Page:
Note: This post is part of a series on School Library Media/Materials for a course
Alexie, S. & Forney, E. (illus.) (2007). The absolutely true diary of a part-time Indian. New York: Little, Brown.
The Absolutely True Diary of a Part-Time Indian follows the story of Arnold Spirit, “Junior” as he navigates his way through not only the first year of high school but the two worlds of where he lives on the Spokane reservation, and where he goes to school, the all-white Reardan High School. In essence, though he belongs in both worlds, so too does he not belong. Junior must fight both worlds to prove that he belongs in both, not just to others, but to himself. Though fiction, the book is based on Alexie’s experiences growing up on the reservation and his decision to leave the reservation to go to another school.
One of the primary strengths of the book is that it involves a culture that is rarely accurately seen and is highly misunderstood by society. In terms of diverse books, materials by and about Native Americans, especially narrative fiction, are even less common than those of other racial and ethnic groups. Much of American understanding of Native Americans is still holdover from inaccurate stereotypes from old “Cowboys & Indians” type films. The one issue I found with the book is that I feel that it may reinforce some stereotypes about Native Americans (as described in Ten Quick Ways to Determine Racism and Sexism in Children’s Books) but at the same time the book is written by a Native American based on his life experiences so I’m not sure how well this applies. In addition to being of interest to Native American youth, the book has wider appeal to teens and young adults in general who can easily identify with some of the protagonist’s struggles to fit in. This title would be especially important in the libraries of New Mexico communities, as approximately 10 percent of New Mexico’s population is Native American. While there are certainly differences between reservations in the Pacific Northwest and New Mexico, it is important to provide Native American authors for this community.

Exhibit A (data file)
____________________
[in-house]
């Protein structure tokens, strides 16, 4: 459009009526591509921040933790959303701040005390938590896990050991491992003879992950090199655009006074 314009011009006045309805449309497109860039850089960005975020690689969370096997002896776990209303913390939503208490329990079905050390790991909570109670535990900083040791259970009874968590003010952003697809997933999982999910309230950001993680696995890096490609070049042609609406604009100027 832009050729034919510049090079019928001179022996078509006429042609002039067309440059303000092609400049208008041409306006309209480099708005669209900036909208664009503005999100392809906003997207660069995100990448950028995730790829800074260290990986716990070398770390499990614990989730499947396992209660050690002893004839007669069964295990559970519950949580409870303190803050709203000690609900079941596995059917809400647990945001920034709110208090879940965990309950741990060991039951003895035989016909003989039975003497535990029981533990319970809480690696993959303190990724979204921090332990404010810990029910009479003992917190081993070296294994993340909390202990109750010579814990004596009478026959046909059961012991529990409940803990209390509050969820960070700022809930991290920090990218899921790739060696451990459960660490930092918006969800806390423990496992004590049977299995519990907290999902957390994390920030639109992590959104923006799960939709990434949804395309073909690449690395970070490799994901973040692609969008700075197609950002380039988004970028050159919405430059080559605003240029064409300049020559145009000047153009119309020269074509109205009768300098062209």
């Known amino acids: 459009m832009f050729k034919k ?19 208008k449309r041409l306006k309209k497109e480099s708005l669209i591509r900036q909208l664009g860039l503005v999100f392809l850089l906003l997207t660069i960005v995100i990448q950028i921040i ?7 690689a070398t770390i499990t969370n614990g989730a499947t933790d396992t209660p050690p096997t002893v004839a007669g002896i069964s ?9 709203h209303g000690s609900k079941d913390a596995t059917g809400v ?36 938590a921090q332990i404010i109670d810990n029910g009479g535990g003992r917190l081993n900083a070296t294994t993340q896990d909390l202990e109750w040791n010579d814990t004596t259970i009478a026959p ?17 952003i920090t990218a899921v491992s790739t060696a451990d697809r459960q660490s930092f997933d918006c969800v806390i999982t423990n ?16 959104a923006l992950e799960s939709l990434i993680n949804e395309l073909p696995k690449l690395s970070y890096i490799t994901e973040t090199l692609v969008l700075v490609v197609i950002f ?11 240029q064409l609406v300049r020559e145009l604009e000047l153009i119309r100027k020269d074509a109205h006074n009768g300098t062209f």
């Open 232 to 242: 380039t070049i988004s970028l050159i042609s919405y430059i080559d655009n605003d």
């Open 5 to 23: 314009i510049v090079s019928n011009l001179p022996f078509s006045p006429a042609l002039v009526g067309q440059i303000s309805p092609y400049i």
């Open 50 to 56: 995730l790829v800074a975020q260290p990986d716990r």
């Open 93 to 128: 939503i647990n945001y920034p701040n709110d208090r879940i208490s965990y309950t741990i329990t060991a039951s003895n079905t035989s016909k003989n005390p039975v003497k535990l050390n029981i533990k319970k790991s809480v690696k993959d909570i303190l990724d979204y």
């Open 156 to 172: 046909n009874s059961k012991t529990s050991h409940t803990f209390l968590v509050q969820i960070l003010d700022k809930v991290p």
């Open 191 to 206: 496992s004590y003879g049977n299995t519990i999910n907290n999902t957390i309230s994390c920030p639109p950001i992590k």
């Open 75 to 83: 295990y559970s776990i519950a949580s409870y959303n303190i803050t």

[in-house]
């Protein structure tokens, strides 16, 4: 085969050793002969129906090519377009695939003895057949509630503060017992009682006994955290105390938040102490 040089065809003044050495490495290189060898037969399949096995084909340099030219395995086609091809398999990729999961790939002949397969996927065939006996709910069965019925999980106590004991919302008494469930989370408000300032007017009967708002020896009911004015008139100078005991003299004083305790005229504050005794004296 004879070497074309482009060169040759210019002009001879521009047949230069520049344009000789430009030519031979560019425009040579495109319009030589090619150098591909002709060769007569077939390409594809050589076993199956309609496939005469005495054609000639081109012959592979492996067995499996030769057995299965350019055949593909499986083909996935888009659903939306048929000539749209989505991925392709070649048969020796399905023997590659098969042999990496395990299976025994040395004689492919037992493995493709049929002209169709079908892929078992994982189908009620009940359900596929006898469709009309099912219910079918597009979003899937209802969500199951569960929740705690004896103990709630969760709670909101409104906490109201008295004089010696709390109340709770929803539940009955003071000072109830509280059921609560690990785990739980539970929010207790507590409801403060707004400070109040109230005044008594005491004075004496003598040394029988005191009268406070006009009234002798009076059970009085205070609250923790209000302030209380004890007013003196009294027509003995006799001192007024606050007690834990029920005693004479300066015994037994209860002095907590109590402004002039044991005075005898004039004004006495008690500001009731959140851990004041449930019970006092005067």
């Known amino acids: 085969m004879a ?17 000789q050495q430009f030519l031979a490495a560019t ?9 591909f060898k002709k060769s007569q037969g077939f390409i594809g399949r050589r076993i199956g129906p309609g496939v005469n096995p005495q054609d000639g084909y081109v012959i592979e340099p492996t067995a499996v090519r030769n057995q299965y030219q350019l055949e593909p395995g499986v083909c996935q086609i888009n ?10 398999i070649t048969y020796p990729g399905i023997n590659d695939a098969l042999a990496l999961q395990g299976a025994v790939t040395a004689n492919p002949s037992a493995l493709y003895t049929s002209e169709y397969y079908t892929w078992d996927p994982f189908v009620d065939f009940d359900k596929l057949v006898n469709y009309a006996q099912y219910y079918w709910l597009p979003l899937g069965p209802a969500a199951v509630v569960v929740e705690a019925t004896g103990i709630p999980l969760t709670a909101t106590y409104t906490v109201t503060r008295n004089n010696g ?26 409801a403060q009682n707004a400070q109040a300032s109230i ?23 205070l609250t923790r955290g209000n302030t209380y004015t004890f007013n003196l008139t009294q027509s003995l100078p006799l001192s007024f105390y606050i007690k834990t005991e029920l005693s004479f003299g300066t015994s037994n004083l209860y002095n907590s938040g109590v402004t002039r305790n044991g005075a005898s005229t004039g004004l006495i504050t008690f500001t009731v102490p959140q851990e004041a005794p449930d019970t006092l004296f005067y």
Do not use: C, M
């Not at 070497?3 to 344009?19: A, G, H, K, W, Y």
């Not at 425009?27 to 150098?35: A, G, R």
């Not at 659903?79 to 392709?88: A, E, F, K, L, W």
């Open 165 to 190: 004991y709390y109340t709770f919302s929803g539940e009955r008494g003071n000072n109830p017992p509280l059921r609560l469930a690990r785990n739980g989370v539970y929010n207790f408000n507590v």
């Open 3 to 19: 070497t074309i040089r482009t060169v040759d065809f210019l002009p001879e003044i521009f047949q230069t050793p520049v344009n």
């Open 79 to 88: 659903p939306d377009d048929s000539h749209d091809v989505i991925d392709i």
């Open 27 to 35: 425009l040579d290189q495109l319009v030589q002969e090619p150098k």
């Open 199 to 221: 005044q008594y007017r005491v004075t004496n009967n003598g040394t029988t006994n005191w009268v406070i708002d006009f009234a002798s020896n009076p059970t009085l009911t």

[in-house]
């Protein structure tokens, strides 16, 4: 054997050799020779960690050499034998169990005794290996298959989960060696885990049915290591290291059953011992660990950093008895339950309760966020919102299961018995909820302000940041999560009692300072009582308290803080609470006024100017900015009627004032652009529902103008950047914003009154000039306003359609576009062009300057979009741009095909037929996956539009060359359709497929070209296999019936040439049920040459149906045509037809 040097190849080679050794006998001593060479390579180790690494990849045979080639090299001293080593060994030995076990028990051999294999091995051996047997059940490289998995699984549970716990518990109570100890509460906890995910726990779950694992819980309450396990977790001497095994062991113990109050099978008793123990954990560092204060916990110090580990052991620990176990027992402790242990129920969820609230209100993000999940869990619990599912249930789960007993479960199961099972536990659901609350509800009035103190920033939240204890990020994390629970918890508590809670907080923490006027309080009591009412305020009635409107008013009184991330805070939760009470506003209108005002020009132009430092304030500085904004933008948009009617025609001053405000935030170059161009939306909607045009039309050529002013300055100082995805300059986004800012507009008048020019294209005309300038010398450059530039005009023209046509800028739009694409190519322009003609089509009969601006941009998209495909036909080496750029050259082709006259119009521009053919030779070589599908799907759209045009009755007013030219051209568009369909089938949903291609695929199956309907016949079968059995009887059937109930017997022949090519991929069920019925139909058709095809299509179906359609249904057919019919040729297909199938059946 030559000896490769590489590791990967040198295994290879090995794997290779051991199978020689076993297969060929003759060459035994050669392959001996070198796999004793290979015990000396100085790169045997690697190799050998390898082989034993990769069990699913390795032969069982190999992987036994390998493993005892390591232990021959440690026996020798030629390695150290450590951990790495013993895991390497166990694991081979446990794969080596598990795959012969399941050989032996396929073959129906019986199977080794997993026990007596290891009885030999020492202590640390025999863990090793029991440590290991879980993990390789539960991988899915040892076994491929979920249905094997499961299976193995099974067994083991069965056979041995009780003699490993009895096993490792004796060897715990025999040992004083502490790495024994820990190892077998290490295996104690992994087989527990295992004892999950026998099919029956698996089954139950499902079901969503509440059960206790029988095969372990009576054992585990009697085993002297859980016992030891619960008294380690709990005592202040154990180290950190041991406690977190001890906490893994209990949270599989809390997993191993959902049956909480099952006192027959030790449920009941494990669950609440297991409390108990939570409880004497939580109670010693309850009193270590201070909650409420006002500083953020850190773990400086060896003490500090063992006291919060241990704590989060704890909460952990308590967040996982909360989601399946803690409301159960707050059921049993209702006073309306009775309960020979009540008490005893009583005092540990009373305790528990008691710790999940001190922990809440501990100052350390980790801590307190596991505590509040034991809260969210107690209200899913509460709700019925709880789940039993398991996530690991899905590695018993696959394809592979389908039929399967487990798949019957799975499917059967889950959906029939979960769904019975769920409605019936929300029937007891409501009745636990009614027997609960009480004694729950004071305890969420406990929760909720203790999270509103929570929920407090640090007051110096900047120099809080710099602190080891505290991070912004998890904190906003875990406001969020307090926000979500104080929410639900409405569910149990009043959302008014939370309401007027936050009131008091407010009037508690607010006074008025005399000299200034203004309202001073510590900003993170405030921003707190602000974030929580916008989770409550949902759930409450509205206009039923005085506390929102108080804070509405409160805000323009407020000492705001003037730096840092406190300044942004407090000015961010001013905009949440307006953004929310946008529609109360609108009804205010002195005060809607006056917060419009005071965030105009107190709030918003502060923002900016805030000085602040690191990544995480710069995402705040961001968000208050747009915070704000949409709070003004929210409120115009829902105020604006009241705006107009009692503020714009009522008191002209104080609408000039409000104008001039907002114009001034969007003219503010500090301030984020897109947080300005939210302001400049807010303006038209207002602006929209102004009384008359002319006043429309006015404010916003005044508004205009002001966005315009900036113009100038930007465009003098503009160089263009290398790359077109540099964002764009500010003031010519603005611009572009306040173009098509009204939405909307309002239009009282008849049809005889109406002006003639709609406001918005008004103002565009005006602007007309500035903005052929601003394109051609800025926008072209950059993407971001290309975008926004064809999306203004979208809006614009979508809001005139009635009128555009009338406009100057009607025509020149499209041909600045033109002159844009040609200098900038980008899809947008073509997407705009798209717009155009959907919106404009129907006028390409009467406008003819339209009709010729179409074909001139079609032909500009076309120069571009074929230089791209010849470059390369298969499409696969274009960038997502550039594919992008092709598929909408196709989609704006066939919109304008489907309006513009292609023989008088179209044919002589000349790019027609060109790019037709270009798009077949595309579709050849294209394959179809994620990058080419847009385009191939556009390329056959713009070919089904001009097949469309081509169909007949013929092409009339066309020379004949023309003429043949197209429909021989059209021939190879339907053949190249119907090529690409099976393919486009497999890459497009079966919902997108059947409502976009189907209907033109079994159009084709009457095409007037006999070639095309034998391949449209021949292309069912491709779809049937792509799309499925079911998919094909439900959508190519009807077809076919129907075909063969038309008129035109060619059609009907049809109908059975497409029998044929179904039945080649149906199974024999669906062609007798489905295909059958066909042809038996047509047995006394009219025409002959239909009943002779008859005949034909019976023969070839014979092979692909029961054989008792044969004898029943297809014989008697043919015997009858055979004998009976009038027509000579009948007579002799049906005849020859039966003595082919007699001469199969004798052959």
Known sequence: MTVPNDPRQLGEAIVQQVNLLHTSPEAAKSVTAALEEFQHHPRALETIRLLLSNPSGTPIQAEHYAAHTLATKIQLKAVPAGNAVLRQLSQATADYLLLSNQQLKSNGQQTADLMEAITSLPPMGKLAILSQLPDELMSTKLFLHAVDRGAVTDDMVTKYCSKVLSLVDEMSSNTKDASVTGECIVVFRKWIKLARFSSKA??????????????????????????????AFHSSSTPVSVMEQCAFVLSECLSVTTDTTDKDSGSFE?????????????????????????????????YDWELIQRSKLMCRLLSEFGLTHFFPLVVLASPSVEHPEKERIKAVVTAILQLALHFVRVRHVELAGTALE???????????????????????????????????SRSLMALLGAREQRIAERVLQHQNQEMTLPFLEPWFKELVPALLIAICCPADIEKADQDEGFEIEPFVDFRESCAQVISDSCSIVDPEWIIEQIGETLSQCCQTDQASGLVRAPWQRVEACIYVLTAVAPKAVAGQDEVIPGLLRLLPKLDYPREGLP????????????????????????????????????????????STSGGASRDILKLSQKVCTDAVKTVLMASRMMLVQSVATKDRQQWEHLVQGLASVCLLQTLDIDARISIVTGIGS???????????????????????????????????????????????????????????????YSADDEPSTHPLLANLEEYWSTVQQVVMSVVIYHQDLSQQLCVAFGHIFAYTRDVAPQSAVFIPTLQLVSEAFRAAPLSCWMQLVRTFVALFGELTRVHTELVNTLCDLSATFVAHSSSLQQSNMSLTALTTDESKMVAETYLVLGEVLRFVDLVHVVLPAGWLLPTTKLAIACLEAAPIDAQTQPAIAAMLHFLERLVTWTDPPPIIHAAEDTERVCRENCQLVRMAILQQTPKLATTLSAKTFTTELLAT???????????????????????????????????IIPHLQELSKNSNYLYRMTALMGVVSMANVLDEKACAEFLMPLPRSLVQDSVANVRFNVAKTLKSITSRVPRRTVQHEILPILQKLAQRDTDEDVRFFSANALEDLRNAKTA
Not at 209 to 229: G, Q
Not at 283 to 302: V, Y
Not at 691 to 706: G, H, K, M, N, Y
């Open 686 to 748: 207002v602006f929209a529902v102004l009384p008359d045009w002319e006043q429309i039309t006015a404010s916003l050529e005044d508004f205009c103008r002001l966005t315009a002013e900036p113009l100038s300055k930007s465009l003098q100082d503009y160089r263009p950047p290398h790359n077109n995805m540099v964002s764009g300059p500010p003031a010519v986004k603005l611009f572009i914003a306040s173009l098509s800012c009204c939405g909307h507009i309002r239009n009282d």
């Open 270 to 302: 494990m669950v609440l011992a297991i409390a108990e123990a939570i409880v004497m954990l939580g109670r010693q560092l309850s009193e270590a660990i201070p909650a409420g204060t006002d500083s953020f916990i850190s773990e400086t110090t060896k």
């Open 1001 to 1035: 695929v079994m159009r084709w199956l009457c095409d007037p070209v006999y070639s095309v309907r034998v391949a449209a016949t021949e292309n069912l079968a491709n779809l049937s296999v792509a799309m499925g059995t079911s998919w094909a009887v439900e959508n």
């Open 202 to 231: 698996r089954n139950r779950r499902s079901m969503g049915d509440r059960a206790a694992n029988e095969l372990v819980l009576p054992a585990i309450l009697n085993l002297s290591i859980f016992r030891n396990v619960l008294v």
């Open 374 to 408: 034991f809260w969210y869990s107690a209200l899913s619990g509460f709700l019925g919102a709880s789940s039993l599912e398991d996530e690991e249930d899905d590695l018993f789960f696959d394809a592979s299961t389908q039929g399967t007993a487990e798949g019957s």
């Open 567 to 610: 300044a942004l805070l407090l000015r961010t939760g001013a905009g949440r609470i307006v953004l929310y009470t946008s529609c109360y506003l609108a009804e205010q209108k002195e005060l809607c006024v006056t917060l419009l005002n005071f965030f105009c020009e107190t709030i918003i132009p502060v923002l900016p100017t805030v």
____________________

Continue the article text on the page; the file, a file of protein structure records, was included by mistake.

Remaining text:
English/Language Arts Standards:
CCSS.ELA-LITERACY.CCRA.R.6 Assess how point of view or purpose shapes the content and style of a text.
CCSS.ELA-LITERACY.RL.9-10.2 Determine a theme or central idea of a text and analyze in detail its development over the course of the text, including how it emerges and is shaped and refined by specific details; provide an objective summary of the text.
CCSS.ELA-LITERACY.RL.9-10.3 Analyze how complex characters (e.g., those with multiple or conflicting motivations) develop over the course of a text, interact with other characters, and advance the plot or develop the theme.
Links to supporting content:
Subjects/themes: Genre: Comedy and Humor, Realistic Fiction, Subject: Adolescent Issues, High School, Native American, Tolerance and Acceptance